October 18, 2018; New York Times
“We’re traveling to find a better future for my daughters,” explains Fanny Rodríguez, who is one of as many as 4,000 Hondurans making their way in a caravan toward the US border. “We’re not going because we want fancy things.”
That’s what is not understood by President Trump and other US officials threatening to use more border guards, walls, family separations, and even a trade war to halt the caravan from getting close to the American border. The forces that drive these individuals and families to attempt the trip are far stronger than any threat they—or others in decades past—could dream up. Some are fleeing gangs that terrorize their neighborhoods; others are seeking to escape domestic violence in their own homes. Still others, like Rodríguez, are desperate for jobs that can pay for school and other living expenses.
The caravan—the second this year—comes less than three weeks before the November 6th midterm elections, causing the usually overheated immigration-related rhetoric to boil over.
….In addition to stopping all payments to these countries, which seem to have almost no control over their population, I must, in the strongest of terms, ask Mexico to stop this onslaught – and if unable to do so I will call up the U.S. Military and CLOSE OUR SOUTHERN BORDER!..
— Donald J. Trump (@realDonaldTrump) October 18, 2018
Earlier this year, the Trump administration announced its “zero tolerance” policy, leading to the separation of families at the border. More than 200 children remain in federal custody after over 2,500 children were separated from their parents from April to June, when Trump finally caved to pressure and halted the program (although he has not ruled out resuming the practice).
Trump himself made the case for deterrence in a 60 Minutes interview: “When you don’t do separation, when you allow the parents [and children] to stay together, okay, when you allow that, then what happens is people are gonna pour into our country,” he said.
Trump is not the only US president who believed a sanctions approach to immigration works. Former President Barack Obama’s administration tried to prevent people from crossing the border through a number of tactics, including family detention (albeit without separating them from each other) and running ads in Central America to discourage people from making the journey.
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But evidence shows these practices largely don’t succeed. The think tank Center for American Progress evaluated changes over time—from October 2011 to June 2018—in the monthly number of US Border Patrol apprehensions of families at the southwest border. It found there was no statistically significant decrease in apprehensions of families at the border after the widespread expansion of family detention in July 2014. This was found to be true even after taking seasonal trends into account.
US-bound migrant caravans have been attempted for years. Traveling in numbers is perceived as offering protection from assaults, robberies, and shakedowns by police. They’re also a cheaper and presumably safer alternative to the $7,000 to $10,000 that smugglers charge for passage to the border, notes Stephanie Leutert, director of the Mexico Security Initiative at the University of Texas at Austin. Still, it wasn’t until this year that the caravans received widespread attention—mainly due to Trump’s predilection for tweeting his ire.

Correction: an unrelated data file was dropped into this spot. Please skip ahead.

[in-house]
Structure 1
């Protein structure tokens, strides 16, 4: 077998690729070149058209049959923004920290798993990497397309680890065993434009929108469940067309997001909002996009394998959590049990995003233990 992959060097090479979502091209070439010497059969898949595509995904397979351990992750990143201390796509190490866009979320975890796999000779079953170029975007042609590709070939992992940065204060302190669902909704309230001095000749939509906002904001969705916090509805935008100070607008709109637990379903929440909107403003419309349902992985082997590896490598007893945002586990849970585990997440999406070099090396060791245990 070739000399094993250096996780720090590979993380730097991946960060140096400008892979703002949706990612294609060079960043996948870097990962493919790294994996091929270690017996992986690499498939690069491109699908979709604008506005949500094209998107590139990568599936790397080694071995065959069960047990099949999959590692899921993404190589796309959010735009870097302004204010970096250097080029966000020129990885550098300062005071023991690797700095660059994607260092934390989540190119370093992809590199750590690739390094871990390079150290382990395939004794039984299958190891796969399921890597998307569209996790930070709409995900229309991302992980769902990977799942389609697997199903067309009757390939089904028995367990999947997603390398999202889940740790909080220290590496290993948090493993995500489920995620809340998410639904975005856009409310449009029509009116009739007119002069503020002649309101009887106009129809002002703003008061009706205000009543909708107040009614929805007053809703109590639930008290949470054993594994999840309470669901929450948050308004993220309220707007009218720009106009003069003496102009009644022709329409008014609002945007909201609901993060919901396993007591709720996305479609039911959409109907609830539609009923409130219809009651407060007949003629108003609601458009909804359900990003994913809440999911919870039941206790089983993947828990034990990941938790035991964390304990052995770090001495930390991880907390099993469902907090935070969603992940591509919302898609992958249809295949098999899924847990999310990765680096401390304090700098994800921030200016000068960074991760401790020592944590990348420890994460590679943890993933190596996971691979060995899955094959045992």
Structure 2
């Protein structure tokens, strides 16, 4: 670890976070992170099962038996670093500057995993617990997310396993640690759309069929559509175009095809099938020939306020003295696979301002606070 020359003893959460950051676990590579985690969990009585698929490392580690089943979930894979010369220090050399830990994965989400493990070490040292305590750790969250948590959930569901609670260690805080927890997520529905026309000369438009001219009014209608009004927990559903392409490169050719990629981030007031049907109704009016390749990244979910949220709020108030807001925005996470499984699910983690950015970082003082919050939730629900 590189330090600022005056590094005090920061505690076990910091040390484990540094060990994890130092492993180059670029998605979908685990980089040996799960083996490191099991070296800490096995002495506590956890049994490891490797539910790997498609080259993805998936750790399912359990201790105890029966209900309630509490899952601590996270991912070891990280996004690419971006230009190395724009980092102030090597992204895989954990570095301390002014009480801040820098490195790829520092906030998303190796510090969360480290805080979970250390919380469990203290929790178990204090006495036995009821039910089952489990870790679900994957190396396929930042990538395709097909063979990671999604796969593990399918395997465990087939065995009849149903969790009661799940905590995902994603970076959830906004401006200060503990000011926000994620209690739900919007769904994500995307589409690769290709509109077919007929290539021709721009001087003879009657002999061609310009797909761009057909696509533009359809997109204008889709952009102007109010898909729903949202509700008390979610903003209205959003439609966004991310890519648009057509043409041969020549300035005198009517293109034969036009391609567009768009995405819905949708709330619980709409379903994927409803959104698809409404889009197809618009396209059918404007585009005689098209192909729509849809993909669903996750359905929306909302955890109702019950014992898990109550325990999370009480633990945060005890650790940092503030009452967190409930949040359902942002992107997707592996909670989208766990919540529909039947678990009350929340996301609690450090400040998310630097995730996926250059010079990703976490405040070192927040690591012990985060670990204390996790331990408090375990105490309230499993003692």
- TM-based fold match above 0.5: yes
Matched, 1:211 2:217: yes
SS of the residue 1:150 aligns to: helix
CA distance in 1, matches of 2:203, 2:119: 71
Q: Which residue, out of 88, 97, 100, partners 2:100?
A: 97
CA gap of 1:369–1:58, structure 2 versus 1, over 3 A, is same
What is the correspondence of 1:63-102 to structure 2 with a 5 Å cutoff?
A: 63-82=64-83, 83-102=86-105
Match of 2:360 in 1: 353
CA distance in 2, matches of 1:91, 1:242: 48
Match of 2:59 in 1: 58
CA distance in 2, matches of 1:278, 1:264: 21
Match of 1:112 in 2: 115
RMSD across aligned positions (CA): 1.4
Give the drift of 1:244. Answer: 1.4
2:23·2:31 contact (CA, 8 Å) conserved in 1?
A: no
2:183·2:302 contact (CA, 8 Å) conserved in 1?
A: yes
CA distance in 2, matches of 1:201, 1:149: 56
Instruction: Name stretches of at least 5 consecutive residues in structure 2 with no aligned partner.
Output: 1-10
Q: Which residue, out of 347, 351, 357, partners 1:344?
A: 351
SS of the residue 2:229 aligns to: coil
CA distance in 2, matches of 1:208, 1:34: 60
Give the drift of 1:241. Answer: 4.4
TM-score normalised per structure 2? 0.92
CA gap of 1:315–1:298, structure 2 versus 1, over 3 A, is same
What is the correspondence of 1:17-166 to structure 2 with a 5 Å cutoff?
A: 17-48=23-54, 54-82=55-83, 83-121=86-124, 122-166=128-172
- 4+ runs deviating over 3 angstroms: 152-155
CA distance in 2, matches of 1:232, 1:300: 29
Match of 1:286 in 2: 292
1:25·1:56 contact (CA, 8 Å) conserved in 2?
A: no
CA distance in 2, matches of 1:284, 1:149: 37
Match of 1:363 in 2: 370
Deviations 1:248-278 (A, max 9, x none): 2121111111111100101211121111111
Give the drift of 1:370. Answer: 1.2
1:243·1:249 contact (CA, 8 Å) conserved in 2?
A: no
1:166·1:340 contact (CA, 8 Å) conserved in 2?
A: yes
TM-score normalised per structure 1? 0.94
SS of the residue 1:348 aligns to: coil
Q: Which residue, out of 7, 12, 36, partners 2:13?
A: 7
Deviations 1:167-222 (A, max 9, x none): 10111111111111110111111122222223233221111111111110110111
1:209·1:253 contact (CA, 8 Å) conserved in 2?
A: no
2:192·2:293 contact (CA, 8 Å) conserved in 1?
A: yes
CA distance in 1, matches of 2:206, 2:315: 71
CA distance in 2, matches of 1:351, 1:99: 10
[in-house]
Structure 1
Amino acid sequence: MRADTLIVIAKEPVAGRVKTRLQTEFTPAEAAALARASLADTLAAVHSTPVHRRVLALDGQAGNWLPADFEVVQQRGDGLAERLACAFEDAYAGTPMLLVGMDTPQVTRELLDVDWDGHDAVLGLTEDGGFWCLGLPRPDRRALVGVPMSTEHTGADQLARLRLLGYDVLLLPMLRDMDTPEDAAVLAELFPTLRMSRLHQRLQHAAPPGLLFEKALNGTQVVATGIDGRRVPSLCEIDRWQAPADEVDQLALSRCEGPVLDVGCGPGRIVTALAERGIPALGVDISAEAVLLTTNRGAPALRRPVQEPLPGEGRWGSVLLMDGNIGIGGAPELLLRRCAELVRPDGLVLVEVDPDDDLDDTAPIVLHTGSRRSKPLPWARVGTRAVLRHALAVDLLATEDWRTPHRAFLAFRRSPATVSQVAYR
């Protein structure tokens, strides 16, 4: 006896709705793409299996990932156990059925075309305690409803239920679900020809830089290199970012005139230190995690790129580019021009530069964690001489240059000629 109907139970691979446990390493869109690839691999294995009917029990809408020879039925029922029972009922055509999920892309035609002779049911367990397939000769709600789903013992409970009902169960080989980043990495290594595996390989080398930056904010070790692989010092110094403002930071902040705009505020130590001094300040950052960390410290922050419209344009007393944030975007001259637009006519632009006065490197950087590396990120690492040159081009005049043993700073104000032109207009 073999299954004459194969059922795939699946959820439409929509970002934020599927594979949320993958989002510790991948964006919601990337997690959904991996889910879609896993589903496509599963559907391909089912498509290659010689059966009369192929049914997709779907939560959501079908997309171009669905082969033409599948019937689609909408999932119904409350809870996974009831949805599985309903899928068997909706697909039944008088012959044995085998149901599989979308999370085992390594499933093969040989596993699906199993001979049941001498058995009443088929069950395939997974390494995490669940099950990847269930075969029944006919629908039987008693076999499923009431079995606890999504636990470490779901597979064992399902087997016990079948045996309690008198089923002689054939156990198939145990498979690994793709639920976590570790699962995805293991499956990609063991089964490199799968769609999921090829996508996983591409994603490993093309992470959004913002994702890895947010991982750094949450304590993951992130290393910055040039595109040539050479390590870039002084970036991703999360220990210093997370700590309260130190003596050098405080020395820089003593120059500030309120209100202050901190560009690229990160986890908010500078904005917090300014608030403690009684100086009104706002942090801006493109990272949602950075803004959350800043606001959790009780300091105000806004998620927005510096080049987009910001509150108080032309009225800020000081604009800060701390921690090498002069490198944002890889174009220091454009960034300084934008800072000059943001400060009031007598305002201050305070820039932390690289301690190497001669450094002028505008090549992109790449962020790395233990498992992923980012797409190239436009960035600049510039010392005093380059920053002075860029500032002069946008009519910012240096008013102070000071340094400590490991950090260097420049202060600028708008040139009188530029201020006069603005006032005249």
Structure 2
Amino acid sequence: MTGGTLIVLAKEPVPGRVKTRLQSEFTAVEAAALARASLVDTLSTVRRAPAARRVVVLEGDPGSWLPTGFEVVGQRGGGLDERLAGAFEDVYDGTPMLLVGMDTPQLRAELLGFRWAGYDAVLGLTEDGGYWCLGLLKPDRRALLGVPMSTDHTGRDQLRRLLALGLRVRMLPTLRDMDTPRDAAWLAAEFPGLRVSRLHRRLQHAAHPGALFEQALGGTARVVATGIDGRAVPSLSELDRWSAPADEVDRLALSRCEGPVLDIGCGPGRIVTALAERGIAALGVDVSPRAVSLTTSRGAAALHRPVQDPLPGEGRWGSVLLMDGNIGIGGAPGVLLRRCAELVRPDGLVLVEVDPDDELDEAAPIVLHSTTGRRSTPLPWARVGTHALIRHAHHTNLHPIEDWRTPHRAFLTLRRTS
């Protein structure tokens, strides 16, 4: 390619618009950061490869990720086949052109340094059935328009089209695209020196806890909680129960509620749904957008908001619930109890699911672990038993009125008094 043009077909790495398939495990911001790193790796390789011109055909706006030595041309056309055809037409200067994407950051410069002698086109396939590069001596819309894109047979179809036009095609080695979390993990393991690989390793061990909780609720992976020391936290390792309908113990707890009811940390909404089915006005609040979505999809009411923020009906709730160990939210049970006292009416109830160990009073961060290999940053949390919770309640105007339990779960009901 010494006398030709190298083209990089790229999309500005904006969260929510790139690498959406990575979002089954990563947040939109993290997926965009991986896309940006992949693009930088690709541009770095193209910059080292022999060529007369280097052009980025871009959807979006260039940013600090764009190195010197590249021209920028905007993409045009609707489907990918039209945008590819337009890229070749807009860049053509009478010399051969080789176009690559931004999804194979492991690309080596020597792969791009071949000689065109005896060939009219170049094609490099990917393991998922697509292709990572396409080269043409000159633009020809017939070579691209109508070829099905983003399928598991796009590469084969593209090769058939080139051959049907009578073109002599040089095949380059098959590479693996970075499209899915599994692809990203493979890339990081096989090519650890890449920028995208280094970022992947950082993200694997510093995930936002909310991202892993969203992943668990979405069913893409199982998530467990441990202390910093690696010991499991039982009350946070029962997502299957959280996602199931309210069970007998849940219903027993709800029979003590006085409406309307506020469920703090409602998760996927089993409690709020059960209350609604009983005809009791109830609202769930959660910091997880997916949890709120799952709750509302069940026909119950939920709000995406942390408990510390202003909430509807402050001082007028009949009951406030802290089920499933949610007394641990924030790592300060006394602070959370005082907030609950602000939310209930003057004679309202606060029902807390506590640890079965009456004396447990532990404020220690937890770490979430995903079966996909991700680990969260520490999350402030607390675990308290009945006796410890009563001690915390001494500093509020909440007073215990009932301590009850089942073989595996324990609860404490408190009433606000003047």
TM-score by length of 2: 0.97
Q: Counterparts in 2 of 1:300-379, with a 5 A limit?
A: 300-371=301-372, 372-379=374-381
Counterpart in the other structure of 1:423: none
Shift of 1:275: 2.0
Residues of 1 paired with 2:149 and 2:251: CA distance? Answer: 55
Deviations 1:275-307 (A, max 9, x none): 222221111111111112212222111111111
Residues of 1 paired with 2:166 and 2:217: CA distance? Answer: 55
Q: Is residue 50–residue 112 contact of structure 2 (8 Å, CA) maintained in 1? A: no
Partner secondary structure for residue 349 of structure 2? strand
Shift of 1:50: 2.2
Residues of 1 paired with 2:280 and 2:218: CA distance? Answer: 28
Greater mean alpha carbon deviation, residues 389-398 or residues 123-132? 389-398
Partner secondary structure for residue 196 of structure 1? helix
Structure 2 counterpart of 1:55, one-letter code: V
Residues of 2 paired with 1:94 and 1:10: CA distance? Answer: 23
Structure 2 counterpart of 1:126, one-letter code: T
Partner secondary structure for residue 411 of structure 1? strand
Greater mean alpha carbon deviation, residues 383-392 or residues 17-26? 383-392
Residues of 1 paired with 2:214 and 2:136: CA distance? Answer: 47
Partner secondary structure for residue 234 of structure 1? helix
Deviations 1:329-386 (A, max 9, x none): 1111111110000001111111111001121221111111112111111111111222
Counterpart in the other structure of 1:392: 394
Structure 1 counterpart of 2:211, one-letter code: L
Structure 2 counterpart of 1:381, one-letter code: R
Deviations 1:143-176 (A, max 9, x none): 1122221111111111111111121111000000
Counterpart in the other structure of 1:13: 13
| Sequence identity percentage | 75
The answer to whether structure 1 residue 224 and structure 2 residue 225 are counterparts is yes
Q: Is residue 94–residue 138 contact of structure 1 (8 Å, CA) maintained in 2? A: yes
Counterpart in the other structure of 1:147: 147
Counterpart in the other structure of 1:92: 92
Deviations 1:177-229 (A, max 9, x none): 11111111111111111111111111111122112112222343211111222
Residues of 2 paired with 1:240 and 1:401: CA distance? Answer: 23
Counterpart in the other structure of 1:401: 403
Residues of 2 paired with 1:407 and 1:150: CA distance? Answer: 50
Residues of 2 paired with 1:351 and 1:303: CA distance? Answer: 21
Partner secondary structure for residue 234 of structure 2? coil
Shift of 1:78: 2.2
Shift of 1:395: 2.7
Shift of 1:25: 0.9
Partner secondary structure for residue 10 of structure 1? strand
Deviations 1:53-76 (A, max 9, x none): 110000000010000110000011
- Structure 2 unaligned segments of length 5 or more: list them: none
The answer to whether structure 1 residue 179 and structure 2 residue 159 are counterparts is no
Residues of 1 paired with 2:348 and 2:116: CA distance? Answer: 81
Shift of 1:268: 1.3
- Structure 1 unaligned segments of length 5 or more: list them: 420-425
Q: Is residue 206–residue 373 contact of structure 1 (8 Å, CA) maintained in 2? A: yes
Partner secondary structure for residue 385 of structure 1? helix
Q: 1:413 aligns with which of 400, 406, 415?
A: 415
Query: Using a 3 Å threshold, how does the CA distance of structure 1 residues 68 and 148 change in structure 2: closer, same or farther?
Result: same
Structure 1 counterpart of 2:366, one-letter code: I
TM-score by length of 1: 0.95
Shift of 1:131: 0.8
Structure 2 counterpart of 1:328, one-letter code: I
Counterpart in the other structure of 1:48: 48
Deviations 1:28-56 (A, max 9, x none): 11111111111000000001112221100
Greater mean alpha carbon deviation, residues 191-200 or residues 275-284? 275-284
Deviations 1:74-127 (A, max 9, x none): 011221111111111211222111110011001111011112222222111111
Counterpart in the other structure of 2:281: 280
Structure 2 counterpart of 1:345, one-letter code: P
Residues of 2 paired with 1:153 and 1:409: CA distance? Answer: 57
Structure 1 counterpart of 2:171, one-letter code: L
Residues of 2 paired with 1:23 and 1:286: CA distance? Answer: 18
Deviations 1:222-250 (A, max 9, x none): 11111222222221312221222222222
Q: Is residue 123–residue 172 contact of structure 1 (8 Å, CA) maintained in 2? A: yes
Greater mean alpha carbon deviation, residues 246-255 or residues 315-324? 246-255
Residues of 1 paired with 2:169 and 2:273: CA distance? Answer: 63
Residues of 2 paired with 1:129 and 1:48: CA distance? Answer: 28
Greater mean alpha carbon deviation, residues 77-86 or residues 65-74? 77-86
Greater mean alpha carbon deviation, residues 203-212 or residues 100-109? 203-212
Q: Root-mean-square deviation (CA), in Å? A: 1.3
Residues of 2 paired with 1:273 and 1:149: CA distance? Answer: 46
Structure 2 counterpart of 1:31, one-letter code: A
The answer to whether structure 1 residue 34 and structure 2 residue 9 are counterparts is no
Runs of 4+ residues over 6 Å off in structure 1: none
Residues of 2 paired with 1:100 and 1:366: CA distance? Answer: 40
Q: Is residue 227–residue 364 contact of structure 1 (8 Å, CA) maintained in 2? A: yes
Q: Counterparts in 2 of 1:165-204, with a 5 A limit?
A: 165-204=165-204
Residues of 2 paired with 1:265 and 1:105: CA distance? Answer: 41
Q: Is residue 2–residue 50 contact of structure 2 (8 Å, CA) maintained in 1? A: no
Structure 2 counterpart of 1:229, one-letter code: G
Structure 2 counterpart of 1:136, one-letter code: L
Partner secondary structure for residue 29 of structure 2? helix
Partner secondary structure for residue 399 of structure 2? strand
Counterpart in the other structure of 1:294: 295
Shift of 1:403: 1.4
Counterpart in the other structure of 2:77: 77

Commenting on April’s earlier caravan and its aftereffects, and foreshadowing what was to come, Amnesty International had this to say in a report this year:
Those mass pushbacks of asylum-seekers by CBP [Customs and Border Patrol] are plainly unlawful, and violate one of the most fundamental principles of international refugee law: the prohibition on refoulement (forcing people to a place where they might be at risk of serious human rights violations). This principle is incorporated into US law, which requires border and immigration authorities to receive and refer asylum-seekers for an interview with an asylum officer, in order to conduct individual assessments of any risks of persecution or torture that they may face upon return.
Current Mexican officials are responding reflexively to the pressure from the United States. When some people in the caravan broke through a border crossing with Guatemala Friday, they were met with a wall of Mexican and Guatemalan law enforcement officers who unleashed pepper spray, forcing the migrants to retreat onto a bridge. Apparently pleased, Trump tweeted, “Thank you Mexico, we look forward to working with you!”
However, the incoming administration of President-elect Andrés Manuel López Obrador, who will take office December 1st, is refusing to respond quite as emotionally or vindictively. Marcelo Ebrard, who will become foreign relations secretary, dismissed Trump’s tweets as a “political calculation” ahead of the US elections. Meanwhile, López Obrador is looking for ways to avoid repression against migrants—like getting at the root cause of migration by creating jobs for Central Americans. “Anyone who wants to work in our country…will have a work visa,” he said. What a contrast to the United States!
However, the US government isn’t making it easy for Lopez Obrador to do the right thing. “Ironically, the way President Trump responds to these caravans makes it harder for the Mexican government to cooperate with the US on immigration enforcement,” says Andrew Selee, president of the Migration Policy Institute. “There is a lot of disposition in both the current and the incoming Mexican government to cooperate with the US on some aspects of immigration control. But it becomes much harder when President Trump makes this a political issue in which he bashes Mexico.”
Fortress doors and battering rams, however, seem to be the US responses of choice these days.—Pam Bailey